Wednesday, April 09, 2008

A Hymn

Ok, I admit it: there is a soft spot in my hearts for hymns. Both the staid and conservative hymns of the congregation I left decades ago, and the blues-laced gospel hymns that, for instance, the Blues Brothers Movie celebrated. There is a joy to that music, a weight to those lyrics, that is just beautiful. Now, I do not feel the same way about "praise music", mind you. Its lyrics are insipid, its faux-anthemic chord structures and melodies are artificial, saccharine, and so without substance as to make Kenny G sound like Charlie Parker. It is clearly not the topic of hymns that makes me enjoy them, but rather the realization, in music and poetry, of their vision. I have no problems, atheist that I am, enjoying hymns or christmas carols, or the architecture of a cathedral or the design of a stained glass window. Beauty is beauty.

And I feel absolutely no desire to promote the idea of "atheist hymns" or "scientific churches" to serve whatever purpose hymns and churches do for the theist community. If I needed those purposes served, I would not be who I am. If I want to listen to a hymn, I am fortunate to live in an age where I can just find an appropriate internet site and listen. No need to write my own.

But I did anyway. It is all the fault of the Illinois legislature, and the million dollars being spent to restore or renovate that church. In all the furor over Representative Davis's outburst, there were conversations here and there from people who either did or did not appreciate the architecture of that particular church. I swear I read one person saying that they would support the reconstruction of a church if it were secular. An odd concept to me, but whatever. Anyway, it all got me to thinking about these things, and the catch-phrase to my hymn showed up, in tune and with appropriate harmony.

The hymn can be sung either straight or gospel. Pipe organ for the first, combined piano and Hammond 3B for the second, and some singers who can shake the dust off the rafters. In the chorus, of course, the parenthetical parts are for the bass. As if I had to tell you that.

Oh, I still remember thinking that I had it figured out
I was certain of my theory, and I had no room for doubt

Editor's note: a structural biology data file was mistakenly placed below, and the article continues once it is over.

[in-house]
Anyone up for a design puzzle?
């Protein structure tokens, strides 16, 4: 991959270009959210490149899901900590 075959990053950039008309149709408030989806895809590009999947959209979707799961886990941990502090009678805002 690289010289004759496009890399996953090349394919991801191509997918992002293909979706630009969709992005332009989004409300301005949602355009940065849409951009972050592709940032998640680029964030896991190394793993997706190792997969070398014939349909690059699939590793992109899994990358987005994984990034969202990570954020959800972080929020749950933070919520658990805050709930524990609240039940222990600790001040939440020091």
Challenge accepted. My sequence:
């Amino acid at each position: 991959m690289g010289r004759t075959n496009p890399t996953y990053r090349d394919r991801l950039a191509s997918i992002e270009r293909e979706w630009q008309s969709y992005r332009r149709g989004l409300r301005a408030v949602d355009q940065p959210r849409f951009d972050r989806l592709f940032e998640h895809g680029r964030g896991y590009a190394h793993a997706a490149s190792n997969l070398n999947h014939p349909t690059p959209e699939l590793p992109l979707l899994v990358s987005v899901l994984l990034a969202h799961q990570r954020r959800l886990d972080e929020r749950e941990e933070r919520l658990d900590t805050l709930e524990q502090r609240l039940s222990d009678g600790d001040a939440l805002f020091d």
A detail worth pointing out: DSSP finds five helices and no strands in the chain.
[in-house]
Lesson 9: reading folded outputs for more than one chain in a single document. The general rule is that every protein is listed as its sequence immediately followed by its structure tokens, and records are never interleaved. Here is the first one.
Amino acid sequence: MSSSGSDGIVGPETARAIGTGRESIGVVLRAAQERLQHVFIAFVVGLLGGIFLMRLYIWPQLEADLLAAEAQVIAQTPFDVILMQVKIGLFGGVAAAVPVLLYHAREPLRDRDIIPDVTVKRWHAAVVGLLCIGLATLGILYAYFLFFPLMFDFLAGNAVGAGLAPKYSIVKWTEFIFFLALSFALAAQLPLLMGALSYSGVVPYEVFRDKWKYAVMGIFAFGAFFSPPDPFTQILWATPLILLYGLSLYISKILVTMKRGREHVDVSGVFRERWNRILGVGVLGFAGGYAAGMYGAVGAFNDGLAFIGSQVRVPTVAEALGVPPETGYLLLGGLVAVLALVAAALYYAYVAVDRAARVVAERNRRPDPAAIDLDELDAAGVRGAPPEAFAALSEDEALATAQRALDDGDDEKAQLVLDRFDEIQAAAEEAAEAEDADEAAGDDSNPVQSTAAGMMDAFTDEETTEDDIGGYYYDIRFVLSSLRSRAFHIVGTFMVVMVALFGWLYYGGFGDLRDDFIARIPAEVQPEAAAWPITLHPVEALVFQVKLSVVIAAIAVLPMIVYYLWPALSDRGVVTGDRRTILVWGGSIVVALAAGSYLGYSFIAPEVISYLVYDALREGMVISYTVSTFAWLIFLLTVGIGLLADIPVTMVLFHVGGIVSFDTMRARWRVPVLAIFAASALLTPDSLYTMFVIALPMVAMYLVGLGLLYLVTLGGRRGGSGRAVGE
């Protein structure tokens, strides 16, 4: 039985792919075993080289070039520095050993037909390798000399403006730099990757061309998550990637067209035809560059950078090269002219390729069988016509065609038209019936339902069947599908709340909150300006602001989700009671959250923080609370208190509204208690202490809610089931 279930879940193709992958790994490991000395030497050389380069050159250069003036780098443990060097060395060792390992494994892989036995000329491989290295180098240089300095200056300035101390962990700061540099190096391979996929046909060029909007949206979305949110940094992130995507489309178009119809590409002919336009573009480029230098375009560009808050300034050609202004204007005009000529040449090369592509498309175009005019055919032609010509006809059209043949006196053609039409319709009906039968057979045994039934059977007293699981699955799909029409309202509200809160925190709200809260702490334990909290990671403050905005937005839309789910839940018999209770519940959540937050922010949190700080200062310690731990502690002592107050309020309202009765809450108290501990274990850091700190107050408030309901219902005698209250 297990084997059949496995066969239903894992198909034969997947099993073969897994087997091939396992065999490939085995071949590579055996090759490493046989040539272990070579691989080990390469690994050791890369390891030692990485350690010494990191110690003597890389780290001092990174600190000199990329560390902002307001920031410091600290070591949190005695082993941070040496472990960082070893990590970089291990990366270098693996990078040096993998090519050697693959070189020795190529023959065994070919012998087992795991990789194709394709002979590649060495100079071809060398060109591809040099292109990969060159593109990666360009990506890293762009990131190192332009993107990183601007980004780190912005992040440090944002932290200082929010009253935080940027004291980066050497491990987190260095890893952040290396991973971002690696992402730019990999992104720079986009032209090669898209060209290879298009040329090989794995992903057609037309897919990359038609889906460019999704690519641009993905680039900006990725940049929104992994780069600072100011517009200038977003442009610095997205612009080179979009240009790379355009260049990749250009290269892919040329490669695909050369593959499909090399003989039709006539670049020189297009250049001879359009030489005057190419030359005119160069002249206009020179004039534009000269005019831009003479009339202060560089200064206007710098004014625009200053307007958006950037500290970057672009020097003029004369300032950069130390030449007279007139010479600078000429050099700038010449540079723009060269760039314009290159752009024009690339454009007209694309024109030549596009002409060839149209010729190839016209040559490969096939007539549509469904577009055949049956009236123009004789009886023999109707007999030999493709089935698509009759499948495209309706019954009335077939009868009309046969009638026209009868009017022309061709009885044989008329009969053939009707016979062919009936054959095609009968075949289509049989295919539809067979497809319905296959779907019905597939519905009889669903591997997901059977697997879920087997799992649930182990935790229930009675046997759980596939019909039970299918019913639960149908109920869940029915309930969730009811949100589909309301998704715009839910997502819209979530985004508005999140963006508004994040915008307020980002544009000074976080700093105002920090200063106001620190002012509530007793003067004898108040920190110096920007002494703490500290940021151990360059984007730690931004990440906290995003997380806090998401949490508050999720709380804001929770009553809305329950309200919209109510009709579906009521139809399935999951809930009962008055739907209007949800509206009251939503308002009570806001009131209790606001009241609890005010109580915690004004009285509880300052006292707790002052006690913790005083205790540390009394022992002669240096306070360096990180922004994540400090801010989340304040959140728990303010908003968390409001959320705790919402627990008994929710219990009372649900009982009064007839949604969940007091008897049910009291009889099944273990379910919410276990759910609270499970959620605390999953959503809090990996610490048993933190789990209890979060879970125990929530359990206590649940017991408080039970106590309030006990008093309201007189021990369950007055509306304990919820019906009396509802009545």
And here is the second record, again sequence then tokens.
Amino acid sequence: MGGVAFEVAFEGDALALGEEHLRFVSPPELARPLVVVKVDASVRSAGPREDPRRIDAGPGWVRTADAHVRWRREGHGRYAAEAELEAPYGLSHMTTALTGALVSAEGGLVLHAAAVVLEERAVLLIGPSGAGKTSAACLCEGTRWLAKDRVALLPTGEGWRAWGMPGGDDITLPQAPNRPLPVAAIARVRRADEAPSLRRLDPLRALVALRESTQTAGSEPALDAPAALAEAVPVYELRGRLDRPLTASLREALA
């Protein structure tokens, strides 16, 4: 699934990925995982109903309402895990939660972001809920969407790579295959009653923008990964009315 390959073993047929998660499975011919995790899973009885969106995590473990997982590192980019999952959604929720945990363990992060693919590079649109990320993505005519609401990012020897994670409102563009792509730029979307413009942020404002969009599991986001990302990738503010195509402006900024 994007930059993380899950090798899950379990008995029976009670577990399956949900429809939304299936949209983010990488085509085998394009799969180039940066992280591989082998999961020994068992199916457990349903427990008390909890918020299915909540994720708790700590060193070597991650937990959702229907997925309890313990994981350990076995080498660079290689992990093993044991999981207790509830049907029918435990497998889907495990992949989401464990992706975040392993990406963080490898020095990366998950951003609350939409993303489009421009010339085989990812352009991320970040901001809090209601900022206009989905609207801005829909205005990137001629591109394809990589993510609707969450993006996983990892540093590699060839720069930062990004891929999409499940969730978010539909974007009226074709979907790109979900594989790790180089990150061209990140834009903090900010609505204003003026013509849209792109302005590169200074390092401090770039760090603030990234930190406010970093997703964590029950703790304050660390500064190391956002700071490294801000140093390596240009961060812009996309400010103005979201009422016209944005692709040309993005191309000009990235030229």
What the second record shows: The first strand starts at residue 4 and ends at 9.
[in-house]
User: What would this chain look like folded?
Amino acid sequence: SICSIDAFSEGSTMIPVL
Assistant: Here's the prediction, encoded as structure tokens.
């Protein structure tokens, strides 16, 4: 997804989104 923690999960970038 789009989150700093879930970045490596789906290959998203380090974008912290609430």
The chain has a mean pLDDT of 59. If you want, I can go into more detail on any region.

But my elegant predictions were in no way guaranteed
Now I’ll follow where the evidence may lead…

I’m following the evidence; I’m following the clues
                              (Following, I’m following the clues)
By following the evidence, there’s no way I can lose
                              (Following, I’m following the clues)
A slow and steady journey, make sure and then proceed
And I’ll follow where the evidence may lead…

I obtained my random samples, and I carefully took note;
With appropriate controls in place, the chances were remote
That some artifact would kill my study’s chances to succeed—
Now I’ll follow where the evidence may lead…


When I finished up my paper, then I sent it for review;
I was following procedure—it’s the proper thing to do:
But my peer-reviewers pointed to some things that I must heed
Now I’ll follow where the evidence may lead…

(skip the chorus this time)

My study’s methodology, reviewer one opined,
Was flawed because a crucial part was not made double-blind
And my biased expectations were a problem, I concede
Now I’ll follow where the evidence may lead…


There were parts of my procedure that I had to run once more;
I was happy when the data showed the same thing as before.
With a miniscule revision, my reviewers all agreed,
Cos we followed where the evidence did lead


Now it’s published in the journal, but that is just the start
A community of scientists will pick it all apart
Through acceptance or dismissal, now science will proceed
For we follow where the evidence may lead.


King of Ferrets said...

Science in verse... this is an idea that needs expanding upon.

Thordr said...

bow down all before the mighty Digital Cuttlefish

dude, I so wish I had your gift with verse

The Ridger, FCD said...

Sing it, brother! (Sister?)